All it took was a magical weekend, spent in the eastern slopes, among kindred spirits, swimming in her crystal clear waters, drinking in her sweet fresh air, absorbing her sacred energy to remember.
Remember the feeling that there’s more to protecting our sacred wilderness than the science that proves how important its ecology, its wildlife, its watersheds are to life. Science is beautiful and it lays out the facts crystal clear that water is life, and nature always does it best, without being interfered with.
But aside from science, I’m talking about a feeling. I’m talking about sitting at the top of a meadow full of wildflowers, feet wet from the dew of the cool eve past, watching the sunrise over the foothills, as it gently highlights all the beautiful features of the east facing slopes, a deer grazing on the sweet wild grass and the sound of the little mountain creek babbling below in the valley, the feeling of an overflowing heart as all of the most beautiful things on earth are surrounding me, as if mother nature is giving this priceless gift directly to me. This is medicine for the soul, whether you think you need it or not.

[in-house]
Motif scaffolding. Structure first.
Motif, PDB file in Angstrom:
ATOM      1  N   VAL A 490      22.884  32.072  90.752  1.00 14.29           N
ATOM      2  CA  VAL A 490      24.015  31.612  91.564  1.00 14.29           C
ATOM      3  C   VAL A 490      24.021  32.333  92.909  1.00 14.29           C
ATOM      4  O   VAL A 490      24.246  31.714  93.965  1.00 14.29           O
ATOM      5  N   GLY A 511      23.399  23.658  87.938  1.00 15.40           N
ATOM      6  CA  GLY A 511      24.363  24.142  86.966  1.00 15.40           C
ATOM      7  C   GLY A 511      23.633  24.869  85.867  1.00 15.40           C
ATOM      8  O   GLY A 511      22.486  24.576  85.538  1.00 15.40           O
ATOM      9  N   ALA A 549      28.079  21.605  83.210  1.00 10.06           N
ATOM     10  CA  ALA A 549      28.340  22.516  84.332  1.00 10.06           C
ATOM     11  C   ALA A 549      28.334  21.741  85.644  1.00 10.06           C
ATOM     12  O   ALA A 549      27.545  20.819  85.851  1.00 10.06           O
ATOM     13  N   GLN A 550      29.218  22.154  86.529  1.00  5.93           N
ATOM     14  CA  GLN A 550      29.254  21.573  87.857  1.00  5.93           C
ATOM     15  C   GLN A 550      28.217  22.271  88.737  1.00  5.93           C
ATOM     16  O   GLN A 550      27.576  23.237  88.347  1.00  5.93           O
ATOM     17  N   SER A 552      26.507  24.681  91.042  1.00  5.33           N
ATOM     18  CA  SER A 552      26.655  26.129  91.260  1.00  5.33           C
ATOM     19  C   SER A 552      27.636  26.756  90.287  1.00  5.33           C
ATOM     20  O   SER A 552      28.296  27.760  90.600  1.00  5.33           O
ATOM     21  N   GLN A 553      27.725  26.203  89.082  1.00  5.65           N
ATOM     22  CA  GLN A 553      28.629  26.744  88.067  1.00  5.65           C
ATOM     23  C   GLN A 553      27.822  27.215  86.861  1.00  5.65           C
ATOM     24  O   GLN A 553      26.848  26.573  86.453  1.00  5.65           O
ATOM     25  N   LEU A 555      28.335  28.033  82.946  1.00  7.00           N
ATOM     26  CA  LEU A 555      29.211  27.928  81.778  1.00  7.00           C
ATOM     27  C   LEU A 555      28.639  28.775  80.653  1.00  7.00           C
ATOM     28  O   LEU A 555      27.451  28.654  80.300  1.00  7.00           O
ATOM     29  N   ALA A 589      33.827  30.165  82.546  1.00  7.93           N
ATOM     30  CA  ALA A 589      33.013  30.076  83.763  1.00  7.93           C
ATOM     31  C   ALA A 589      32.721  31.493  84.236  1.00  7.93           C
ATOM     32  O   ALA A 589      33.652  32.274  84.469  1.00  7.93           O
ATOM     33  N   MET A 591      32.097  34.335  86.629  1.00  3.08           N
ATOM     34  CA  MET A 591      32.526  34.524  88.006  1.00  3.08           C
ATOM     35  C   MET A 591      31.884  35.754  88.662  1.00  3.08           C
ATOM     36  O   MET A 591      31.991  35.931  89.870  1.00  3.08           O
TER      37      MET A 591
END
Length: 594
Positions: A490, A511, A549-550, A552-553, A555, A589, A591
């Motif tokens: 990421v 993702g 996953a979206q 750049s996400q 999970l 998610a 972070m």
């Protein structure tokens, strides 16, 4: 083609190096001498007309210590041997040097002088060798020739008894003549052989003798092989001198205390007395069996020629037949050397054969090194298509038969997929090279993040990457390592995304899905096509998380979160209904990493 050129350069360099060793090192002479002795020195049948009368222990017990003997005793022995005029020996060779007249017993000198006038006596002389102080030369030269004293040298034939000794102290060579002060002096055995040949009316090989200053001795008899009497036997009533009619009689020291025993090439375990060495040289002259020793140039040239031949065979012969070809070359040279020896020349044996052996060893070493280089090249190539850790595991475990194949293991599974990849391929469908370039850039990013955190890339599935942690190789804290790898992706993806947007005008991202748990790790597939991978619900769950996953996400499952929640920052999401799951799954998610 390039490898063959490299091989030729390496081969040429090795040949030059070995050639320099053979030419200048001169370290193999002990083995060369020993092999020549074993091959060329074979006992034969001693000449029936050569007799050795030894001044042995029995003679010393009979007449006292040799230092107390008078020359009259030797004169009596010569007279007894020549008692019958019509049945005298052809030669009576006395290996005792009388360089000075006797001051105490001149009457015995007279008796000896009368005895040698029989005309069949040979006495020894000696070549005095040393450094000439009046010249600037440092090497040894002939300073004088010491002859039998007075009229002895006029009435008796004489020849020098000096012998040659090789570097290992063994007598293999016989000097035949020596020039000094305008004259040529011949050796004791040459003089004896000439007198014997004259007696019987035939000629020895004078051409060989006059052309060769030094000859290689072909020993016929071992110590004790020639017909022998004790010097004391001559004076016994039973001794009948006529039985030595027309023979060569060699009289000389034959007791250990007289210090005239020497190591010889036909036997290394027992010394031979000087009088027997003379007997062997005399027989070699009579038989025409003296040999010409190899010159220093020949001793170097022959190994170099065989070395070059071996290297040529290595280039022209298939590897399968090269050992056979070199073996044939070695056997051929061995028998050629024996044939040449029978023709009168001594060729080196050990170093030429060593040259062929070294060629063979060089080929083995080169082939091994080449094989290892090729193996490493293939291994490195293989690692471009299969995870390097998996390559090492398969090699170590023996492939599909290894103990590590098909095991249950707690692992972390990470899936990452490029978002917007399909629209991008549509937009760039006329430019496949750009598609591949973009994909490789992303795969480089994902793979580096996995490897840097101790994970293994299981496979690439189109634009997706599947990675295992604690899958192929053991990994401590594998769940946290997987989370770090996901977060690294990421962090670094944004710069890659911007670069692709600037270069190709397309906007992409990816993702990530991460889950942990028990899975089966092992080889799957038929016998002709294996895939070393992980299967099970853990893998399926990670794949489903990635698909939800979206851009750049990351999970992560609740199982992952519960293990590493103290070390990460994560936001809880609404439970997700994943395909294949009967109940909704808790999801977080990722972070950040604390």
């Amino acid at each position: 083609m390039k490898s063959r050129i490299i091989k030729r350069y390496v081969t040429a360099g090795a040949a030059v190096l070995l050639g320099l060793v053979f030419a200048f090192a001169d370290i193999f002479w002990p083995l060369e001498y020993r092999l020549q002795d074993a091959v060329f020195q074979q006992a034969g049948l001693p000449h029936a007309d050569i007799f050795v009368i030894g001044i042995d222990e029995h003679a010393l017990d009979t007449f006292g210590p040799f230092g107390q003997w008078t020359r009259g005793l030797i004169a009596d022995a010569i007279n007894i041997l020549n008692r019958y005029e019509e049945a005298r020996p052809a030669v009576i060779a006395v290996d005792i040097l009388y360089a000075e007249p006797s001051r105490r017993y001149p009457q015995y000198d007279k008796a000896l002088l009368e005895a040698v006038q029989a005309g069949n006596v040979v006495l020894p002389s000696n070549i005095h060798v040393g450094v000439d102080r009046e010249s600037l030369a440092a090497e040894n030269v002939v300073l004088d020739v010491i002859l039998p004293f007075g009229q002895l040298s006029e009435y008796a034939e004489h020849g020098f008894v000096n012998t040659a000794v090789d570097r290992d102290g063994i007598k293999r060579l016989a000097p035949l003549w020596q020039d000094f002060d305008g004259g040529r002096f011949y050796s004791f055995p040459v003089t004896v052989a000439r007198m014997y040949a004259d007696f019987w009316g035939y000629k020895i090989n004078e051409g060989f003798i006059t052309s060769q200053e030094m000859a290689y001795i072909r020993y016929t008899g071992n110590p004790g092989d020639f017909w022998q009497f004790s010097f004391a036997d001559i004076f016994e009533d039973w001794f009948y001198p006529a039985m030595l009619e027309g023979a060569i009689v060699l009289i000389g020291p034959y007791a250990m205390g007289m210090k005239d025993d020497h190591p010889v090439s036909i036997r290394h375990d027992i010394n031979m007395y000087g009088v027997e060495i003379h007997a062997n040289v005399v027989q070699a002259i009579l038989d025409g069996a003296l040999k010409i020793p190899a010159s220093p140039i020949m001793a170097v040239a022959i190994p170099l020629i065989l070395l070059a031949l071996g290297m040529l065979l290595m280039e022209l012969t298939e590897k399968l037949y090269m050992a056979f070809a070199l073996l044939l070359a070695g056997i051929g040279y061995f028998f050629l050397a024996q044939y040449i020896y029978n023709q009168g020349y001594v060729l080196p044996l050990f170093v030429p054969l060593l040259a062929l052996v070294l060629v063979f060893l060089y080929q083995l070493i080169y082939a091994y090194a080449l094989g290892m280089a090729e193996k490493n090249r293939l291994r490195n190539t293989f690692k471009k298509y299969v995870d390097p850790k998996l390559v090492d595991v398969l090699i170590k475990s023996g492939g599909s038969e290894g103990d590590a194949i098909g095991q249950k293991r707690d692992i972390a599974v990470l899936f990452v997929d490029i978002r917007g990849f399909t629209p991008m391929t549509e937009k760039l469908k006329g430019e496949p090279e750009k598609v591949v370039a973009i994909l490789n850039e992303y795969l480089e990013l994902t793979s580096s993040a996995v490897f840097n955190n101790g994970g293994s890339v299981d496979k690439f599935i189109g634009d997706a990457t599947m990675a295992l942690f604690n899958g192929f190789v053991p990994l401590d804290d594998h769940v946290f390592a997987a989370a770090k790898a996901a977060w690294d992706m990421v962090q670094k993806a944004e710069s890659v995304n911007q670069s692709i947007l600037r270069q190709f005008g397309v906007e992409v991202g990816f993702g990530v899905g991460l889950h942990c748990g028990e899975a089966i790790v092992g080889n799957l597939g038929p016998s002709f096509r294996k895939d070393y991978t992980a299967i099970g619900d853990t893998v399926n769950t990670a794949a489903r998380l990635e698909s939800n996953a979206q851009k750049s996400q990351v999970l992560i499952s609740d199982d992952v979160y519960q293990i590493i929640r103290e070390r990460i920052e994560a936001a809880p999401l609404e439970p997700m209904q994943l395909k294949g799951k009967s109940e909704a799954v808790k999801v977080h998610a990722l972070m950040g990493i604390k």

This land, when you put your hands on it, when you dip your toes in its water, when you breathe its air, it nurtures and heals all that ails you, it makes you feel whole and so alive, It makes you feel loved.
Wilderness is sacred, its crucial to our life in the prairies by way of its life giving watersheds, but its also crucial for our spirits, to go immerse and be free, to be healed. We can manufacture many things, almost anything the mind can create, but we cannot manufacture wilderness, we can’t replace a mountain top once its been removed, we can never put back a forest to its natural perfectly balanced state after its been clearcut and sprayed with glyphosphate, we can never magically make a river so clean after tailings have been flushed in to it that all beings can drink from its banks. Nature knows how to do things that humans don’t understand – it has a way of balancing itself in the most eloquent, perfect, beautiful way, if we allow it to. And in doing that, in allowing wilderness to stay wild and natural, it returns the favour, by balancing us.
We must change our mindset and realize just how important our eastern slopes wilderness is, to us, to our wildlife, to our children and generations of children after we must start to think of protecting our wilderness as if its our beautiful, perfect child who gives us so much love and affection, but asks next to nothing in return, protect it like its your personal savings account which will keep you alive, because it is, all of those things and more.
Travis Boschman lives in Red Deer.